Skip to main content

Manotti, Dominique 1942–

Manotti, Dominique 1942–


Born 1942, in Paris, France.


E-mail—[email protected]


Economic historian and writer.


Sombre sentier, Seuil (Paris, France), 1995, published in English as Rough Trade, translated by Margaret Crosland and Elfreda Powell, Arcadia Books (London, England), 2001.

A nos chevaux!, Rivages (Paris, France), 1997, published in English as Dead Horsemeat, translated by Amanda Hopkinson and Ros Schwartz, Arcadia Books (London, England), 2007.

Kop, Rivages (Paris, France), 1998.

Nos fantastiques années fric, Rivages (Paris, France), 2001.

Le corps noir, Seuil (Paris, France), 2004.

Lorraine Connection, Rivages (Paris, France), 2006, published in English with the same title, translated by Amanda Hopkinson and Ros Schwartz, Arcadia Books (London, England), 2008.


Dominique Manotti is a French economic historian and writer. She is the author of novels such as Sombre sentier (translated into English as Rough Trade), A nos chevaux! (translated into English as Dead Horsemeat), Kop, and Lorraine Connection. Her first novel, Rough Trade, tells the story of illegal Turkish immigrants in the Sentier neighborhood of Paris, and of their fight to gain legal status. The movement is led by a man named Soleiman. The plot takes place over the course of a month, and each chapter represents one day in that month. When a Thai girl is murdered, Inspector Daquin begins to investigate, uncovering a large web of organized crime in the process. Daquin and Soleiman have an affair, and although they are using each other for information at first, the two begin to genuinely care for one another. Reviews of the book were predominantly positive, and Euro Crime critic Maxine Clarke called Rough Trade "an excellent crime novel." Clarke concluded: "It is written in an unfalteringly assured style…. The overlapping mysteries are realistically conveyed and the outcomes believable, the characterisation is strong, and there is real emotion in some of the stories, moving and tragic, that are played out in the pages."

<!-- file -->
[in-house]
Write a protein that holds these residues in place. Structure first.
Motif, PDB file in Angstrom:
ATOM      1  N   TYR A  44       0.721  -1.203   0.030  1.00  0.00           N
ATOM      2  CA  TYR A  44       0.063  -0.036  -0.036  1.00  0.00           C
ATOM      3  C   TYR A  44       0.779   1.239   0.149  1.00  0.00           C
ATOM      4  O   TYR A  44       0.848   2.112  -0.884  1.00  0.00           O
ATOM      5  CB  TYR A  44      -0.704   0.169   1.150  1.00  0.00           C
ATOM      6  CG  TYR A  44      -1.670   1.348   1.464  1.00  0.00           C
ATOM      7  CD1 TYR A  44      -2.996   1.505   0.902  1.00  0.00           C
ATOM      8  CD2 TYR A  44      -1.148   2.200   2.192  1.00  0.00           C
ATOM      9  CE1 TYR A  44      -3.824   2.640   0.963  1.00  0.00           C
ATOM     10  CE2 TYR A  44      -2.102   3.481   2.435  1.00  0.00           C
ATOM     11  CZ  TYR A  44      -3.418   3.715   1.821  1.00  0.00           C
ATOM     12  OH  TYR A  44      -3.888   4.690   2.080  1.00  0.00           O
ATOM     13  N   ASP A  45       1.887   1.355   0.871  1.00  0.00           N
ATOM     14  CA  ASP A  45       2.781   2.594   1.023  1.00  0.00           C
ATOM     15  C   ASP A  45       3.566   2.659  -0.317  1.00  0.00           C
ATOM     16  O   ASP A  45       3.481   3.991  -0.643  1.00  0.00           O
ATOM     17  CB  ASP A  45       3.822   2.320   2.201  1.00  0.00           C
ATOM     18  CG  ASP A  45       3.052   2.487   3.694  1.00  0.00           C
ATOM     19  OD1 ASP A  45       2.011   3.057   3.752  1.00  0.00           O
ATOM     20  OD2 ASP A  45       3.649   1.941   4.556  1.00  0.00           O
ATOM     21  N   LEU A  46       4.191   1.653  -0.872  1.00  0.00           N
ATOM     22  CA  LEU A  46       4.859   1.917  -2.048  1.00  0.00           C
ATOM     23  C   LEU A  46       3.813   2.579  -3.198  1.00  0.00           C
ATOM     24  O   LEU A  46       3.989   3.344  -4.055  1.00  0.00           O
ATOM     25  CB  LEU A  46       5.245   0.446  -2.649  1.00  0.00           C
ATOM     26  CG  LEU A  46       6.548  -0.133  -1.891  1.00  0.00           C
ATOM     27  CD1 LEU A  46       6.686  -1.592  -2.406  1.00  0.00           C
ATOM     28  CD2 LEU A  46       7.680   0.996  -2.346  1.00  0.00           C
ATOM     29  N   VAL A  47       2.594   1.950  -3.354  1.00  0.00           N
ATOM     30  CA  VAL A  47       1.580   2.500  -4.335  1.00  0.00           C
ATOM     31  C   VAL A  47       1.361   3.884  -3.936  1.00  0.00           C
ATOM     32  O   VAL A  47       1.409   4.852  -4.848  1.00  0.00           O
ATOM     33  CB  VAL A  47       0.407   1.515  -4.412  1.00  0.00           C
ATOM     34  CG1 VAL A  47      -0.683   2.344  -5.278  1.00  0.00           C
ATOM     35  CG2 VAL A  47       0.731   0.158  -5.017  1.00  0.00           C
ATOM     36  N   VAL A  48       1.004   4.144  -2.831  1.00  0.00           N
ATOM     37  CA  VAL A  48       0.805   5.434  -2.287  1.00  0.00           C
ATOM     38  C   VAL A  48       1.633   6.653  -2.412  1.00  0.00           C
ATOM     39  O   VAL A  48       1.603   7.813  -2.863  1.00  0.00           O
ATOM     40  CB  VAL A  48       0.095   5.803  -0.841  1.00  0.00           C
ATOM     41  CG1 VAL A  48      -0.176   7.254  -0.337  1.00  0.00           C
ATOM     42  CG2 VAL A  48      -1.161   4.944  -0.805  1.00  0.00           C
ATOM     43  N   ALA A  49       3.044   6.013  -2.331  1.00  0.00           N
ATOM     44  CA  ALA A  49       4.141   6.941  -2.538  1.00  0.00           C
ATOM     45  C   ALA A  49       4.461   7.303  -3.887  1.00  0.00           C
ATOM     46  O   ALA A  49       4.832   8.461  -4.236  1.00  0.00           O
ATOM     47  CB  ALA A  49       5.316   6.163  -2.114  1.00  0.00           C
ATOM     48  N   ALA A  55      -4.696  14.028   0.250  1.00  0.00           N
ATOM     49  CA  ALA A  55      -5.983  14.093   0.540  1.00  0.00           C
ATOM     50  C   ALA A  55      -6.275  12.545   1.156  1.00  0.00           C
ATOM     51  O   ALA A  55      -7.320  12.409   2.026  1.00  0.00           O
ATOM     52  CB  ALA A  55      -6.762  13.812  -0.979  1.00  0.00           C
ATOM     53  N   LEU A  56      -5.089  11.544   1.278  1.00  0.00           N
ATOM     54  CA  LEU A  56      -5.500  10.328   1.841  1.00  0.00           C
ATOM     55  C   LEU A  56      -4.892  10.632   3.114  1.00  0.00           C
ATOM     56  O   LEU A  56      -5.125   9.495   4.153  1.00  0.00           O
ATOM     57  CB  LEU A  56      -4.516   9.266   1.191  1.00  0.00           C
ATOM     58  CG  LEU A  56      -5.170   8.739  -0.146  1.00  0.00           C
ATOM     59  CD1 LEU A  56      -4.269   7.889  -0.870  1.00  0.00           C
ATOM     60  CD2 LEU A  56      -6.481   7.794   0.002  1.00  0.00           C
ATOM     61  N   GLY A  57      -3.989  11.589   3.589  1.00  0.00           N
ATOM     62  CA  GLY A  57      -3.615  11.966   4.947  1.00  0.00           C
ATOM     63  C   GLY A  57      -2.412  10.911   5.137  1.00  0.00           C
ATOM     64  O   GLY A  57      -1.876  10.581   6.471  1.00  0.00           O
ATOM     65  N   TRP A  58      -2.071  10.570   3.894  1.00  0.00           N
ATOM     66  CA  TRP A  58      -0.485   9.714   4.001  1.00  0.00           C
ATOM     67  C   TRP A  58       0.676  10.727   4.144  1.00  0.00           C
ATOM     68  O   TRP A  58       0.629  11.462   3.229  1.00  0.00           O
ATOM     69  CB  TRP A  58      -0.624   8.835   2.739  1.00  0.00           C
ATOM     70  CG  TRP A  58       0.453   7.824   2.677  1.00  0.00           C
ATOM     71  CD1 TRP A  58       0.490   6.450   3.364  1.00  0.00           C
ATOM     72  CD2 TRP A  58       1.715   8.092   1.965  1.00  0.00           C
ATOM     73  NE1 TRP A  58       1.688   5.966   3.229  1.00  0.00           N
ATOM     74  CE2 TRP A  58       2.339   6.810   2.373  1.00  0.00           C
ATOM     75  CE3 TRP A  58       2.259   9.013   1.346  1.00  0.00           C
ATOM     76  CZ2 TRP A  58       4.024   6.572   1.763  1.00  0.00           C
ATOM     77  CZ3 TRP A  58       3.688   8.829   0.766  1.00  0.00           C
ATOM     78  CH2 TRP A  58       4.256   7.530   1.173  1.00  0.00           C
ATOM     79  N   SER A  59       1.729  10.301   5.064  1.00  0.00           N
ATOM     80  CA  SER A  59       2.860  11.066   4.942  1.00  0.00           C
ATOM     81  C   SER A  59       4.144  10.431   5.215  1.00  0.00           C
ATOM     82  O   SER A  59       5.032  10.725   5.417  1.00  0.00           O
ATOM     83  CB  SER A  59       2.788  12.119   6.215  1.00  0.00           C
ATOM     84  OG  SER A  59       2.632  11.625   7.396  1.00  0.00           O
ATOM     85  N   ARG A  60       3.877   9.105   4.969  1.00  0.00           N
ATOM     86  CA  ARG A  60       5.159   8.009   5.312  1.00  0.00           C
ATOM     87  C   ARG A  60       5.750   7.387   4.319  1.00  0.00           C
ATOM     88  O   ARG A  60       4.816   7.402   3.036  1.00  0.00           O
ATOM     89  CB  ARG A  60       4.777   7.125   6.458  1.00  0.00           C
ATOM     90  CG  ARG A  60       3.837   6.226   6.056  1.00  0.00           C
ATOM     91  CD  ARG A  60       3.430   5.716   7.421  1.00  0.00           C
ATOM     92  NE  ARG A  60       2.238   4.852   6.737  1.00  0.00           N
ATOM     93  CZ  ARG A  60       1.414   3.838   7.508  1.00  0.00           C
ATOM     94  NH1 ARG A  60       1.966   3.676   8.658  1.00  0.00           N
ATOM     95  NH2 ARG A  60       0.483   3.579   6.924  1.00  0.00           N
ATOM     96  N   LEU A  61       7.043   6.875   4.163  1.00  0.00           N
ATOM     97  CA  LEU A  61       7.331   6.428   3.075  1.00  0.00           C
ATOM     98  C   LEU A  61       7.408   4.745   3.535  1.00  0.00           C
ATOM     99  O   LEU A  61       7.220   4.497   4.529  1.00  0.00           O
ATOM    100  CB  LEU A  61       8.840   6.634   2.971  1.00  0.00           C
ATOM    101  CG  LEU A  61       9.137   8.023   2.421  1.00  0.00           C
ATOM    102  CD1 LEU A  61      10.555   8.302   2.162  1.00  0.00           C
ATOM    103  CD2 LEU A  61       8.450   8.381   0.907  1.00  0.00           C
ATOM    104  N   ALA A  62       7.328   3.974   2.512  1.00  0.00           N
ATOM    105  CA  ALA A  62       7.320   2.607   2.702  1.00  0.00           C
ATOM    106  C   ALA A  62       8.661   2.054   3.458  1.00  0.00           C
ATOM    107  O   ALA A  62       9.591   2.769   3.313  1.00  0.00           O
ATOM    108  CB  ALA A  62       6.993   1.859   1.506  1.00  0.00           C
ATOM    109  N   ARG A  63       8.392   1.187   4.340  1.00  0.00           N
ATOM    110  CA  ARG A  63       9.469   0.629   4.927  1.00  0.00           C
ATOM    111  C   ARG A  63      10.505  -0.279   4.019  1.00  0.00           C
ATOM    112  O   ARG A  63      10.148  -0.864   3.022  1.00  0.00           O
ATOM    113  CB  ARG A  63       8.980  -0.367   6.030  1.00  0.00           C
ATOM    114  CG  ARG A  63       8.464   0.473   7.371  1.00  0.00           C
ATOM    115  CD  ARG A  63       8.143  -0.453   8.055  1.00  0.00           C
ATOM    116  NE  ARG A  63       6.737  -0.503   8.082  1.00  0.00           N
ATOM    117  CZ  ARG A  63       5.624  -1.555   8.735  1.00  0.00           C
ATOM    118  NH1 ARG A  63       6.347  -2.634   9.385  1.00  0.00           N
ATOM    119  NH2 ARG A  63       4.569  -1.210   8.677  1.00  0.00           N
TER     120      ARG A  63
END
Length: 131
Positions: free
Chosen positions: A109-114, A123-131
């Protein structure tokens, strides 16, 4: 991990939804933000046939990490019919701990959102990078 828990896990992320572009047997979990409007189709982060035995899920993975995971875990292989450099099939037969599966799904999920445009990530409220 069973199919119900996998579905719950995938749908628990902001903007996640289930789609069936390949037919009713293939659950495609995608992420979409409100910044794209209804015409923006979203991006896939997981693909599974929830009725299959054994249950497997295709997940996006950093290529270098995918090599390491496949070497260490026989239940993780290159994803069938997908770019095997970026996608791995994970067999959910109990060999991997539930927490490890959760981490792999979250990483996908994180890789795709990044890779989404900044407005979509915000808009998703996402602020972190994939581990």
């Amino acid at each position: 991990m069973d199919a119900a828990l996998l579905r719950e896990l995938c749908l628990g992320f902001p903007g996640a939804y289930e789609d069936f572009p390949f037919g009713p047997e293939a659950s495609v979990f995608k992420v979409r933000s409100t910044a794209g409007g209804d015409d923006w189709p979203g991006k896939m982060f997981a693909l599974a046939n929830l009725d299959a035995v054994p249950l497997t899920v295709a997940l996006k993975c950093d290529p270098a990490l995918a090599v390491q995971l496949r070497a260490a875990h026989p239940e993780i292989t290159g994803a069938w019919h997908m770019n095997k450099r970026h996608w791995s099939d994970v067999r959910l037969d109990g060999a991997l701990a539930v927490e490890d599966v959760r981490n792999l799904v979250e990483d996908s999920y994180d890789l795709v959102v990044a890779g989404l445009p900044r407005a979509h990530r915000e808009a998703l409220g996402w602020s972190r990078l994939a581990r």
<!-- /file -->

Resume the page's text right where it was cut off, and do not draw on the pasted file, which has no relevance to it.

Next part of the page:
Dead Horsemeat is another police procedural, this time centered on racehorses. Daquin, now a superintendent, reappears as he investigates the link between the deaths of informant Paola and advertising executive Nicolas Berger. While the two appear to have nothing in common, their deaths are connected to a horseracing track, and there have been numerous fires in the stables that have also caused the deaths of several valuable thoroughbreds. The novel is set in 1989, and the Berlin Wall enters into the plot, as do drug trafficking and a dead gypsy cocaine dealer named Dimitri Rouma. As it turns out, several of the key figures in the novel all worked together in 1968, and their connections may prove to be deadly. Like Rough Trade, Dead Horsemeat received laudatory reviews. For instance, New Internationalist writers Louise Gray, Malcolm Lewis, Peter Whittaker, and Jess Worth called the book "an atmospheric and astute political thriller that delves beneath the surface," adding that "it is a humane and thoughtful novel by a writer gleefully hitting her stride." Although a Kirkus Reviews critic faulted the translation for containing "prose clipped within an inch of its life," they nevertheless found that the book "provides truly labyrinthine skullduggery and a furious pace."